models, and key technical and scientific issues remain. For example, regional modeling efforts have been limited by constraints on computing resources, uncertainties and complexities associated with data assimilation and parameterization, the lack of a well-developed framework for downscaling, and the limitations of the large-scale simulations on which the downscaling is performed (Held and Soden, 2006; NRC, 2009k). An additional challenge for regional projections is representing regional modes of variability, such as ENSO and the Pacific Decadal Oscillation (described earlier in this chapter). Not only do these regional modes have a strong influence on local and regional climate change, but many also have global signatures, and they could potentially change themselves as the climate system warms. Finally, climate forcing scenarios that project human influences on local and regional climate, such as regional aerosol loading and land use change, are needed because these forcings may have a large influence on local and regional climate change (CCSP, 2008c).
The most comprehensive suite of climate modeling experiments performed to date were completed in 2005 as part of the World Climate Research Programme’s Coupled Model Intercomparison Project phase 3 (CMIP3; Meehl et al., 2007b) in support of the IPCC’s Fourth Assessment Report. CMIP3 included 23 different state-of-the-art models from groups around the world, all of which were run with a specific set of emissions scenarios (based on the SRES report described above) to facilitate comparison and synthesis of results. As described in detail by the IPCC (Meehl et al., 2007a), the CMIP3 climate models project increases in mean surface temperatures over the 21st century ranging from 2.0°F to 11.5°F (1.1°C to 6.4°C), relative to the 1980-1999 average, by the end of the century.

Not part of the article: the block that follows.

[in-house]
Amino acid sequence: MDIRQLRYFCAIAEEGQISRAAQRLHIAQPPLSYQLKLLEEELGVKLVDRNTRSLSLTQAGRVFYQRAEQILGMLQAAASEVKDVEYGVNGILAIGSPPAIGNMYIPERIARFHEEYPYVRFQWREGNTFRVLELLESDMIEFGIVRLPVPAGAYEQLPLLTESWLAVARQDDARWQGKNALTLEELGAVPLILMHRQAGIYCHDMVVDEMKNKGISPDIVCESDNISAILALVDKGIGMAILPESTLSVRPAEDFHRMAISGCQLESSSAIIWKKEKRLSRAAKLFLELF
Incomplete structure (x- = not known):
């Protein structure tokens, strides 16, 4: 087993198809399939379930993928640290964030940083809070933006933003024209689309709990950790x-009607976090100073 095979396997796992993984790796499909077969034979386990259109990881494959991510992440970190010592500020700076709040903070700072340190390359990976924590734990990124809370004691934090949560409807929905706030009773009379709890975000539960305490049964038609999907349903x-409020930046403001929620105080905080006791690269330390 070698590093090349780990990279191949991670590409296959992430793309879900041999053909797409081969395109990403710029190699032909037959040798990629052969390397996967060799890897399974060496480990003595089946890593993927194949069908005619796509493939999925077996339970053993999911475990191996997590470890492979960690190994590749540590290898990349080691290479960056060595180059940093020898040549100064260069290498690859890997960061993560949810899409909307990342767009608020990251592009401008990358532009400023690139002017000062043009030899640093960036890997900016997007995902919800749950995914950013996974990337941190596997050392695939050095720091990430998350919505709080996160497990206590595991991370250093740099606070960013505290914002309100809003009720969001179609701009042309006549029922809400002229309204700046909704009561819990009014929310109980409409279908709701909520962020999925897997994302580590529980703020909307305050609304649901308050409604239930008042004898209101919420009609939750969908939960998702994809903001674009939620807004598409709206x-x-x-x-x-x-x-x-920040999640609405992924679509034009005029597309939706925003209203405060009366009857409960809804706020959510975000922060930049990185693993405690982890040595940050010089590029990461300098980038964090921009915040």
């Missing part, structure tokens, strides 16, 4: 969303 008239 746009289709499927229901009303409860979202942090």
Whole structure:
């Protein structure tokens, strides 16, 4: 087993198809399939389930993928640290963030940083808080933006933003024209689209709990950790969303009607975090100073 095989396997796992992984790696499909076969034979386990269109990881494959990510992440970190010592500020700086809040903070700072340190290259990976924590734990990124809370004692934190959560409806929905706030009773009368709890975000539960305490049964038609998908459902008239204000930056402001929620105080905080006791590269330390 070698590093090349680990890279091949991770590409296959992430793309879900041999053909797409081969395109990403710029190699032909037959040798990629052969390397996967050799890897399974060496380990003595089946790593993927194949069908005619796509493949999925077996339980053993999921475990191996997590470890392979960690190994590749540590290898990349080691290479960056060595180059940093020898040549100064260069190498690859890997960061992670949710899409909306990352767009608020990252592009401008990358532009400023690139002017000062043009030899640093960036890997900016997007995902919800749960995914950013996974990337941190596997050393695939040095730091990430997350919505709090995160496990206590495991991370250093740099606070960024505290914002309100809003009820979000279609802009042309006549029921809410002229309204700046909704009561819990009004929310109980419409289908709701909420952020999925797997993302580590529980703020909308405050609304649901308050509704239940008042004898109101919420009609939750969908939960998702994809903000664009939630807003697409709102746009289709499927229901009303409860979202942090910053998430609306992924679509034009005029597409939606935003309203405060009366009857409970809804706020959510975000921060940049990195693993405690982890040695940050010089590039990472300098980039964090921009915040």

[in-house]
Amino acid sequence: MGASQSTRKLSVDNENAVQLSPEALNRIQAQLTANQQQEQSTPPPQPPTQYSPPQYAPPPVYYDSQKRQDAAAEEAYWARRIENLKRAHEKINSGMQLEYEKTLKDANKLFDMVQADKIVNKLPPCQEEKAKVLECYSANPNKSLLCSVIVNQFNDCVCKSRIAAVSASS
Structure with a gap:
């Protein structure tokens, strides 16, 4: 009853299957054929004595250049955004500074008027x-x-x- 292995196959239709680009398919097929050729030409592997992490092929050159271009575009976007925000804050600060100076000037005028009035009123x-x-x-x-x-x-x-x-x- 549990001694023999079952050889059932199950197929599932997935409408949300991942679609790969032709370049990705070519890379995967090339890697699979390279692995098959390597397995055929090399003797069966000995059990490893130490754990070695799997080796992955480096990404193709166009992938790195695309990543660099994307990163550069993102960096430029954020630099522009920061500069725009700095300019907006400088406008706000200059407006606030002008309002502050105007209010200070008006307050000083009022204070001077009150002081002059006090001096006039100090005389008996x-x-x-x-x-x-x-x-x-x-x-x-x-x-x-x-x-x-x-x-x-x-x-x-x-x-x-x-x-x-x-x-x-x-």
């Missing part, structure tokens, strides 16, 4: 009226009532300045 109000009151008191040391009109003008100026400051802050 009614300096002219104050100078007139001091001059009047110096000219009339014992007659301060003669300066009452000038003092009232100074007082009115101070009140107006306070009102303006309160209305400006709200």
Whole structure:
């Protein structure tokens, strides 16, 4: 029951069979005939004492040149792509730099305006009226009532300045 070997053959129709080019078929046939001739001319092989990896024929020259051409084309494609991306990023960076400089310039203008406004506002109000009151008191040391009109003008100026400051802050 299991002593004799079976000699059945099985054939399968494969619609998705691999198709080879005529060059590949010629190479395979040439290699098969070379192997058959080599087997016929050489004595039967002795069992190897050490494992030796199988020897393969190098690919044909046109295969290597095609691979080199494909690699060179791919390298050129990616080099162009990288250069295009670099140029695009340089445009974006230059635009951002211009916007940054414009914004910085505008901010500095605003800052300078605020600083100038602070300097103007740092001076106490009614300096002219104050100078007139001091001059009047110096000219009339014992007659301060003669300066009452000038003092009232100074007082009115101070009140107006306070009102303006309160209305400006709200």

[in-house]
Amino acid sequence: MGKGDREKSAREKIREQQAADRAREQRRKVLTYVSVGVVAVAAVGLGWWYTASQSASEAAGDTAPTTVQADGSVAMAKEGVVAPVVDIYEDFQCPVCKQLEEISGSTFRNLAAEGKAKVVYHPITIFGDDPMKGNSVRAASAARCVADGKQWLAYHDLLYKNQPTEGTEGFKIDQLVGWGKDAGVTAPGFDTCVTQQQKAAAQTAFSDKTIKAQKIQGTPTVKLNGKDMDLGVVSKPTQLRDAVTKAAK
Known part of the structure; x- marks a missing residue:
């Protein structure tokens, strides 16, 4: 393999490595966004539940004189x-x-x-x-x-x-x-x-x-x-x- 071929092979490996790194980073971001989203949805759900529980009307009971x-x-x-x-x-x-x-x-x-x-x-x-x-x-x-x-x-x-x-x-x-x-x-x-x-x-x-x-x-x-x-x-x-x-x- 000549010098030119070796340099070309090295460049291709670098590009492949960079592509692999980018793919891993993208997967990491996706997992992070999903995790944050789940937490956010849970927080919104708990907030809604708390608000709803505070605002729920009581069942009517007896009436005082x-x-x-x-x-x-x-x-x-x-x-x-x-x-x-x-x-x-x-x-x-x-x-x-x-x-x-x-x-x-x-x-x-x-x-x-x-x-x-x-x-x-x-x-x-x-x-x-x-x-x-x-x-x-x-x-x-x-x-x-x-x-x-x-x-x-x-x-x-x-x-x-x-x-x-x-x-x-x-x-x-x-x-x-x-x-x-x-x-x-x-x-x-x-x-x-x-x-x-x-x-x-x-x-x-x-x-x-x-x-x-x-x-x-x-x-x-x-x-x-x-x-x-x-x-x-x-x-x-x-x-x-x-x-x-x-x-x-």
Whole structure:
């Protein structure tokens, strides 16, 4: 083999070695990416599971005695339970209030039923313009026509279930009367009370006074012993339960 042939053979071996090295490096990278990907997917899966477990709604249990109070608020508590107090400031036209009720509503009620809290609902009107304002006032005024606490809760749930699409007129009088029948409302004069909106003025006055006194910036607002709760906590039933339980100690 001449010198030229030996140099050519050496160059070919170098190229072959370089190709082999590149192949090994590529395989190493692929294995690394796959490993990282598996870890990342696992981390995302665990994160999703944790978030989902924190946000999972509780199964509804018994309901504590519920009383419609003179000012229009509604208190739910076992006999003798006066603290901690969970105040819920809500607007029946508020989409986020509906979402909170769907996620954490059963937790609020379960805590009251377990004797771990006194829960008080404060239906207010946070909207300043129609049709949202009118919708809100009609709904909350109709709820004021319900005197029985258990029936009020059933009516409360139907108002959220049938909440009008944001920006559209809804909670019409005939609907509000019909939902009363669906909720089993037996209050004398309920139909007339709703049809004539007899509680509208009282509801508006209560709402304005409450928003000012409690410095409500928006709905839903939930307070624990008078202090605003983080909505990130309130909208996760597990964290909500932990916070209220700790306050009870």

Figure 6.19 shows projected global temperature changes associated with three representative scenarios of high, medium-high, and low future GHG emissions. The separation between the three curves illustrates the uncertainty associated with the choice of scenario, while the uncertainties associated with differences among different models in simulating the climate system can be inferred from the shading surrounding each curve. The “commitment warming” associated with emissions through the year 2000 and, for two of the future forcing scenarios, through 2100 are also shown. These “commitment” runs, which are performed by instantaneously stabilizing atmospheric GHG concentrations, show that the climate system will continue to warm for several centuries after GHG emissions are stabilized—illustrating the inherent time lag between GHG emissions and the long-term climate response.